Lost Souls

Posted in Audio by - January 24, 2022
Lost Souls

Aired 10 September 2008


Produced as part of BBC Radio 4’s Big Bang Day to celebrate CERN’s Large Hadron Collider becoming operational in order to recreate the conditions of the universe directly following the Big Bang, ‘Lost Souls’ by Joseph Lidster sees Torchwood investigating The European Organization for Nuclear Research when UNIT medical officer Martha Jones becomes concerned about a spate of mysterious illnesses and disappearances.

To be fair, this story had an almost impossible task of having to introduce Torchwood to a more casual radio audience while also satisfying fans of the franchise and providing at least some sort of education and insight into the goings-on at CERN, and so it’s understandable to an extent that ‘Lost Souls’ is a bit muddled in its overall delivery. Sadly, the whole affair is not helped by the fact that the Higgs Boson particle being sought is only ambiguously described as being a life particle without explaining that it is the particle that gives all other particles mass. Likewise, while a villain that rips the neutrons out of its victims’ component atoms is an intriguing one that could lead to plenty of scientific discussion given the destructive consequences that would obviously result, the victims simply glowing as a result is hardly the most effective narrative device even when trying to support the misguided angel narrative that nearly brings the world to the brink of destruction. Unfortunately, the resolution that relies on delving into the organization’s past works to cancel out the current one is somewhat underwhelming and a bit too convenient, meaning that the scientific aspect that by necessity is quite prominent for the occasion is a consistently weak aspect of the script.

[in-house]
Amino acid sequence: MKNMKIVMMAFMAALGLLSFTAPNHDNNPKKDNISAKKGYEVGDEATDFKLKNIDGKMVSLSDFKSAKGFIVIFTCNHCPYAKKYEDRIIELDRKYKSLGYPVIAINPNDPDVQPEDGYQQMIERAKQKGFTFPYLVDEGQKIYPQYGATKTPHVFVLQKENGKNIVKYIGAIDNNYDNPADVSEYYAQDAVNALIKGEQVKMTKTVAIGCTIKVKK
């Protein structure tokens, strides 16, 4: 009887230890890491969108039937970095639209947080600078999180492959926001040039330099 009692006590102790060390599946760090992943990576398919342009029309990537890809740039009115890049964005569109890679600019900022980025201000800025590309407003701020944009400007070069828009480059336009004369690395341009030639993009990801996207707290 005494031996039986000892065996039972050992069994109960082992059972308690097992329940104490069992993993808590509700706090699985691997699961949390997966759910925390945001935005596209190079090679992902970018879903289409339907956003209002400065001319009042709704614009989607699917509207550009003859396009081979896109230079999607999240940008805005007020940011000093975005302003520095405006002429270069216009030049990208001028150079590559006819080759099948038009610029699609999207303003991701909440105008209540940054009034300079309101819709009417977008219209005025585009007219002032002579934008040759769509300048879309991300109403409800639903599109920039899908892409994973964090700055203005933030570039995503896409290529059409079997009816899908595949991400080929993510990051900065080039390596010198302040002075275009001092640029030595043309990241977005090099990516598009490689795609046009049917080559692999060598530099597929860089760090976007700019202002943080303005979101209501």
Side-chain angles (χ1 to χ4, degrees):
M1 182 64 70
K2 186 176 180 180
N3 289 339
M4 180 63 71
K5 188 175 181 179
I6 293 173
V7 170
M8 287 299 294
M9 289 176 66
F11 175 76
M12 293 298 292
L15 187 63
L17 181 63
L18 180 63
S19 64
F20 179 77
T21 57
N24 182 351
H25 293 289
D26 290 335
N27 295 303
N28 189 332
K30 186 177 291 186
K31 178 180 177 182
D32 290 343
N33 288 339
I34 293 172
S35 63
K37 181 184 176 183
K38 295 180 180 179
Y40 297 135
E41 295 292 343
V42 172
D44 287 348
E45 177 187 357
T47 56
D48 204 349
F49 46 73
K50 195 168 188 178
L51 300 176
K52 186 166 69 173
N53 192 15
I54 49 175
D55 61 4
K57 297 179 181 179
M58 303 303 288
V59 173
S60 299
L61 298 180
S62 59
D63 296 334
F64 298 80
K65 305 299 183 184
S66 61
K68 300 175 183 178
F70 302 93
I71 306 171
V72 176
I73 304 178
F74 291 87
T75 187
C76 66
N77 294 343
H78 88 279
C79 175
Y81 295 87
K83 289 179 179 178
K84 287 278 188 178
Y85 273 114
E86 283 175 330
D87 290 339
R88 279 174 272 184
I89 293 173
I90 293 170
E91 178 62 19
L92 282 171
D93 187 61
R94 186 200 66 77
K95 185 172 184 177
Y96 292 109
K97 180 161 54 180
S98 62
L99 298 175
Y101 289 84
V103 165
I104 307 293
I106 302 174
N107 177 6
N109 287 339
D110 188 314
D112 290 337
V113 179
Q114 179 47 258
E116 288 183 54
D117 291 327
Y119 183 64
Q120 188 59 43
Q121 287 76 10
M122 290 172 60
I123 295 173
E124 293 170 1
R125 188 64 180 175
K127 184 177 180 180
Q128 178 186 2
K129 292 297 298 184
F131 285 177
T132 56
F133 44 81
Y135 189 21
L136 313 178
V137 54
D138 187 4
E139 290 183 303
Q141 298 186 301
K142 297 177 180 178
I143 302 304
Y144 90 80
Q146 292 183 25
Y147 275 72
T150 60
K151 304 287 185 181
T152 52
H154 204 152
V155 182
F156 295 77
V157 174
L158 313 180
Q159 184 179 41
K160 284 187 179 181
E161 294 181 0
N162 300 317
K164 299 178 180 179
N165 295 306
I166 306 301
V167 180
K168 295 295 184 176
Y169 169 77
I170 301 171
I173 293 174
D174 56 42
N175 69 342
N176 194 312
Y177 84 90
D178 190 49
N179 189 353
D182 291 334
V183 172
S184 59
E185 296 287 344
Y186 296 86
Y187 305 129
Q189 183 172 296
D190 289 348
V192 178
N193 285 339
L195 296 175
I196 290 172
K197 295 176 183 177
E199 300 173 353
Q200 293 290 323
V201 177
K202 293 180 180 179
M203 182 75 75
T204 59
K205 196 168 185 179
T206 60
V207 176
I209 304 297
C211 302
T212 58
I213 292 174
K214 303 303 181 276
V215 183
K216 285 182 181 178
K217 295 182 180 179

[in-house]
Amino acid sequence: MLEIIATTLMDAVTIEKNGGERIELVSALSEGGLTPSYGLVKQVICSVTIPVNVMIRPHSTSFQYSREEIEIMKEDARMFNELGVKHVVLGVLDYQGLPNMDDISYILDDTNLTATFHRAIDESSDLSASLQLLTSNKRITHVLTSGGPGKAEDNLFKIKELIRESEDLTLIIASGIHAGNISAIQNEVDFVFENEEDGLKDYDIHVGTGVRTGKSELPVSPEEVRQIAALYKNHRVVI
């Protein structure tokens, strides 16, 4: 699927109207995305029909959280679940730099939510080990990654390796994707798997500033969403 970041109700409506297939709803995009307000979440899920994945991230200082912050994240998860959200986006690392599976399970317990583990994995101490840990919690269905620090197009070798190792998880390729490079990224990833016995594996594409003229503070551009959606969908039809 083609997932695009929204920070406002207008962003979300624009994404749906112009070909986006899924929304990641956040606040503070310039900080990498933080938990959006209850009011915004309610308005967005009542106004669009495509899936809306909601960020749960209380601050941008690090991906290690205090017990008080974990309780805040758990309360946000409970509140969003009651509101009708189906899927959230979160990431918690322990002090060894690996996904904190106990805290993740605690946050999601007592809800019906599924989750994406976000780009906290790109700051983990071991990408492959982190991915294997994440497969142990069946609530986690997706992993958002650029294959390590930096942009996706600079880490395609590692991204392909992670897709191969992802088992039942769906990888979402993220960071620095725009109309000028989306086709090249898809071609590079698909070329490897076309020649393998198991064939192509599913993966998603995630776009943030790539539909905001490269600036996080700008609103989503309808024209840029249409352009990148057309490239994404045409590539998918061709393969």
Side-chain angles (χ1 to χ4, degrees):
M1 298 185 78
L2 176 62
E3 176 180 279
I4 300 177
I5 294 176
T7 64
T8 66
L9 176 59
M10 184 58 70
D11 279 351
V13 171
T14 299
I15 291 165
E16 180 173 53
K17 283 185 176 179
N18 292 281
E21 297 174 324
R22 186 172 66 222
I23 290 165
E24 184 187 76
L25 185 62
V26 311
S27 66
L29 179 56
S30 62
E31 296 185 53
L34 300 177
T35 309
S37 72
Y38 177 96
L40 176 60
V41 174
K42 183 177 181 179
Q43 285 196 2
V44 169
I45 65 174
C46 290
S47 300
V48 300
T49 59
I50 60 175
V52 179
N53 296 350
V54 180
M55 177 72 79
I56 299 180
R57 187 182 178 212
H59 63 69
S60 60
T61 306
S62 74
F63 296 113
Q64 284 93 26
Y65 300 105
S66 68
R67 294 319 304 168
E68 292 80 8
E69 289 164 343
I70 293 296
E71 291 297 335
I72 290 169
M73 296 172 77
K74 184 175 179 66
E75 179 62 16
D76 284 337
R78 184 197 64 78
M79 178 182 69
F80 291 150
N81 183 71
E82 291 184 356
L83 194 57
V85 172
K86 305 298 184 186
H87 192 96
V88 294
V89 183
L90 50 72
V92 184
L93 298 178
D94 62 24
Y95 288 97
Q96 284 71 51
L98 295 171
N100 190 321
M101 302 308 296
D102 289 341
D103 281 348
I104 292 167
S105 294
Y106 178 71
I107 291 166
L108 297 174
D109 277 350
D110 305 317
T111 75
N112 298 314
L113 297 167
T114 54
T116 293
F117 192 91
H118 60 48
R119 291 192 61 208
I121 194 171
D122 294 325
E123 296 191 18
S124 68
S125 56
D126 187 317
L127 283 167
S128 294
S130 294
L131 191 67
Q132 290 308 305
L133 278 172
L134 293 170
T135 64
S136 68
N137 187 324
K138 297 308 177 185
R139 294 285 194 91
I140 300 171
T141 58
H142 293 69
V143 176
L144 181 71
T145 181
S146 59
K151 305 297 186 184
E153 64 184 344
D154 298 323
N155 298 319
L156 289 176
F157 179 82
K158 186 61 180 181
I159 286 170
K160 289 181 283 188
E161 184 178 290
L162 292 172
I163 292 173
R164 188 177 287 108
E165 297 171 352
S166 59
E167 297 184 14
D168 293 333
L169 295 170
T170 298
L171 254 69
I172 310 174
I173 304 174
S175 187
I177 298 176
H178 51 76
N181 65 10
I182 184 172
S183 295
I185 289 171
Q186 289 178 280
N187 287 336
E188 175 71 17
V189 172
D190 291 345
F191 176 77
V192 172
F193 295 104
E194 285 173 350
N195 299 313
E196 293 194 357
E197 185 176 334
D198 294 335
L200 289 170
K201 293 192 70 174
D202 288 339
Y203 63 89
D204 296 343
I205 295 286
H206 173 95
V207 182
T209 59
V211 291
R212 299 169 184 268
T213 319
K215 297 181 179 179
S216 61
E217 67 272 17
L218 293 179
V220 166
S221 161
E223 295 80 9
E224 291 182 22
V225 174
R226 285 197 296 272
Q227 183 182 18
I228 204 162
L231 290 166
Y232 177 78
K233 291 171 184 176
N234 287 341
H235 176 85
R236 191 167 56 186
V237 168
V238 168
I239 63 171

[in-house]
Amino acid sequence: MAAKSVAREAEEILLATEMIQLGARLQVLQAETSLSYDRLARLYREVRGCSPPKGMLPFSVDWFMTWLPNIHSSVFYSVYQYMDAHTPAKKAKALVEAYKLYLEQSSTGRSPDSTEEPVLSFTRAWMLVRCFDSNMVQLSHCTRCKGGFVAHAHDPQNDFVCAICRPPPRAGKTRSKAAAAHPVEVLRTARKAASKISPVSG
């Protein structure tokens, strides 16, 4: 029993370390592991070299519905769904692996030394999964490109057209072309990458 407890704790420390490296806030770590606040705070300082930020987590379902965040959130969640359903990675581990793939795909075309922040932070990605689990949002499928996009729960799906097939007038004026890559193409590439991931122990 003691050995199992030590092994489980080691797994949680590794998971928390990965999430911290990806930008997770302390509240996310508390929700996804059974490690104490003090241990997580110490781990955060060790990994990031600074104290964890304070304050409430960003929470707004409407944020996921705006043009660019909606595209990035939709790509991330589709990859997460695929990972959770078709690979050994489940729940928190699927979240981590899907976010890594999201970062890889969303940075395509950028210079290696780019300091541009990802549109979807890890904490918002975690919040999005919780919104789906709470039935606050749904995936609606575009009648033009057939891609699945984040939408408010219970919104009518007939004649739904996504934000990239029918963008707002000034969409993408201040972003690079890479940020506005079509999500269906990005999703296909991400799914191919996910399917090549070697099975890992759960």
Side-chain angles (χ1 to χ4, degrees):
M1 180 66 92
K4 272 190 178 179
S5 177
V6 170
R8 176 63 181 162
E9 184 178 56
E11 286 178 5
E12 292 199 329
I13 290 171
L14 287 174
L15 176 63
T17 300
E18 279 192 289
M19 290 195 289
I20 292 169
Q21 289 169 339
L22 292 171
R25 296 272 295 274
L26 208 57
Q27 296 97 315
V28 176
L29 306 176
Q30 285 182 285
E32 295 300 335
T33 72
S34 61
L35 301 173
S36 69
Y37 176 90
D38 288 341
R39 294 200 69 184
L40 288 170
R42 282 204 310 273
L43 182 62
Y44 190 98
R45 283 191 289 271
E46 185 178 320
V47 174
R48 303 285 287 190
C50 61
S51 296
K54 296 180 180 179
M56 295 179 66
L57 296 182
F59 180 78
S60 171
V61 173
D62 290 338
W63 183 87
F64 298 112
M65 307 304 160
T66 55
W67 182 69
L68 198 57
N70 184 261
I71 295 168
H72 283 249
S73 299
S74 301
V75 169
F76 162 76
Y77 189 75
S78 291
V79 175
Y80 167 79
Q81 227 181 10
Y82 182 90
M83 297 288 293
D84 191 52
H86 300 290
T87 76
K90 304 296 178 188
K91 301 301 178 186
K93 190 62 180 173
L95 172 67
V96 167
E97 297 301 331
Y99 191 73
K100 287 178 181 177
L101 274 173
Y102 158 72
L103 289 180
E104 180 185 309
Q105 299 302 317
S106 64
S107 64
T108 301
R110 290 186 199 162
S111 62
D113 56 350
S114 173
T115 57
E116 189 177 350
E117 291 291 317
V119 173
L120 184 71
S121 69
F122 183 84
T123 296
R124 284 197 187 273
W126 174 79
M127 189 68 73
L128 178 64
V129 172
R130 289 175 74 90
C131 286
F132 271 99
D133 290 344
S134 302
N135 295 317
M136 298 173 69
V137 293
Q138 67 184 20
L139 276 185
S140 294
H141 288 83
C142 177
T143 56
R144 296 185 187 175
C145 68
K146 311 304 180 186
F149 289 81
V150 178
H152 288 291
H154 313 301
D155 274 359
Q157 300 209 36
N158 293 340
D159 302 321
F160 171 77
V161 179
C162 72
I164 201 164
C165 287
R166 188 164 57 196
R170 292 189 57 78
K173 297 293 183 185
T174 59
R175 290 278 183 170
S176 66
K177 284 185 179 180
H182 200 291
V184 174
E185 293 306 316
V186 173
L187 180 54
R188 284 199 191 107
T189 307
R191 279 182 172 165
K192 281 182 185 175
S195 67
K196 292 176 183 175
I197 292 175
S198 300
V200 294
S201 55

‘Lost Souls’ is set fairly soon after the loss of Tosh and Owen, and although the need for an accessibility to a new audience means that it cannot fully explore the emotions of its leads at this time, Lidster does well to at least mention a memorial service and to have Martha pointedly ask Jack and Gwen how they are doing. It’s neither subtle nor wholly satisfying narratively, but it does at least give a sense of placement while reminding the audience that these are genuine people who must cope with loss and grief just like anyone else. And while there are moments of overacting, the chemistry among the leads is brilliant and allows ‘Lost Souls’ to effortlessly continue the Torchwood saga following the harrowing events of the second televised series. John Barrowman, Eve Myles, Gareth David-Lloyd, and Freema Agyeman effortlessly bring their characters to the audio medium, and although the plot itself is incredibly standard fare that attempts to interject science with an alien menace, they do well to consistently provide a sense of genuine danger no matter the plot conveniences such as a simple lack of an off switch that are needed to keep the threat present.

 ‘Lost Souls’ is somewhat awkward right from the start with a blatant and forced introduction of Torchwood and its relation to aliens, and the plot never fully manages to truly capitalize on the emotional aftermath of losing two close friends nor on the potential of this setting with the real-world dangers and fears a device such as the Large Hadron Collider entails. Still, the seamless incorporation of humour as highlighted by Ianto pretending to be a Welsh ambassador accompanied by wife Gwen and PA Jack bolsters this unique experiment, and the result is an intriguing and ambitious- if ultimately forgettable- instalment that nonetheless highlights the viability that Torchwood has within the audio medium.

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